Your gas appliance is making climate change worse
Editor's note: The following op-ed by Fellow Rachel Golden first appeared in The Sacramento Bee.
California leaders have said loud and clear that we won’t back away from our commitment to build clean energy and reduce climate pollution.
But for California to achieve its goals, it must address a source of climate pollution that is largely unchecked and literally hits close to home: the buildings where we live and work.
Gas-powered appliances such as space and water heaters produce massive amounts of climate-damaging pollution. In fact, gas burned for heating is responsible for nearly as much carbon pollution as all of the state’s power plants combined.
A recent investigation by the California Energy Commission and the Public Utilities Commission found that the state’s dirty gas networks leak more methane – 86 times more damaging than carbon – every year than the entire Aliso Canyon gas blowout, which is considered one of the worst man-made environmental disasters ever.
Our buildings are a major source of pollution because there is a lack of public education and funding. Those who want to do something about climate change are missing one of the easiest ways to act – switch from gas appliances to cleaner, electric ones.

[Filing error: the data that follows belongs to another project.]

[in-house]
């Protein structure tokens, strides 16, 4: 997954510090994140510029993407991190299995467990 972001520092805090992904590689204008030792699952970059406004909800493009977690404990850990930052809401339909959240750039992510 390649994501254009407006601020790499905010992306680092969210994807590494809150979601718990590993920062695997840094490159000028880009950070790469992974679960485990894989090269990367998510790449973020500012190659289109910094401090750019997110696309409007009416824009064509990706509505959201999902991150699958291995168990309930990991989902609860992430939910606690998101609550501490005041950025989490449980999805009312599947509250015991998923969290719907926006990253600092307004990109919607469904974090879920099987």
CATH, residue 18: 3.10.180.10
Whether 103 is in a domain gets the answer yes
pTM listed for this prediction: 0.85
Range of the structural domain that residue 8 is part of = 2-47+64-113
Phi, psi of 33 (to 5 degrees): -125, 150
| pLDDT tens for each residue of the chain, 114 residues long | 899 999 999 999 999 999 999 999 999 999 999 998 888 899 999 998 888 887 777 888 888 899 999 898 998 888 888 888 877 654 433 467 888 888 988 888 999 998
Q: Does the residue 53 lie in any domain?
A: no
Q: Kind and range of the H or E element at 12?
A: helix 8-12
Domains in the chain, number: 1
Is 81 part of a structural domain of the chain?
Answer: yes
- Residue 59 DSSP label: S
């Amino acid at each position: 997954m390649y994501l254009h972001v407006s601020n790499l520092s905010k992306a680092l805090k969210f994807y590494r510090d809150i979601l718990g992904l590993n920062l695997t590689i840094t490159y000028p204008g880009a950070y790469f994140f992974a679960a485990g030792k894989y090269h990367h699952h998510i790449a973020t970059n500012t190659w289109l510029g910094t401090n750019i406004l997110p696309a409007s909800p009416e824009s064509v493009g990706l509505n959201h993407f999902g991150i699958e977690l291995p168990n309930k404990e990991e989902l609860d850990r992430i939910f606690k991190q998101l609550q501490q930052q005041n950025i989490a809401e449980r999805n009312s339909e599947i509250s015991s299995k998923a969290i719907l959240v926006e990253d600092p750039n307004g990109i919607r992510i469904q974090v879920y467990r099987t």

Communities are already benefiting from doing so. The state is home to several of the nation’s largest all-electric low-income housing developments. Residents in these homes with on-site solar have utility bills about 90 percent lower than residents with gas appliances and no solar. The $1,000 a year in savings is no small change to families that are struggling to make ends meet.
But not every family, community and business has the means to make these upgrades. Our leaders should provide rebates and electricity rates similar to what the state offers to electric vehicle drivers.
The California Air Resources Board’s current plan to reduce carbon pollution is a step forward but falls short of what’s needed to get dirty fossil fuels out of buildings. The plan doesn’t call for rebates, or for updating building codes, or workforce development opportunities. To help drive change, CARB must establish the state’s first greenhouse gas reduction goal for buildings.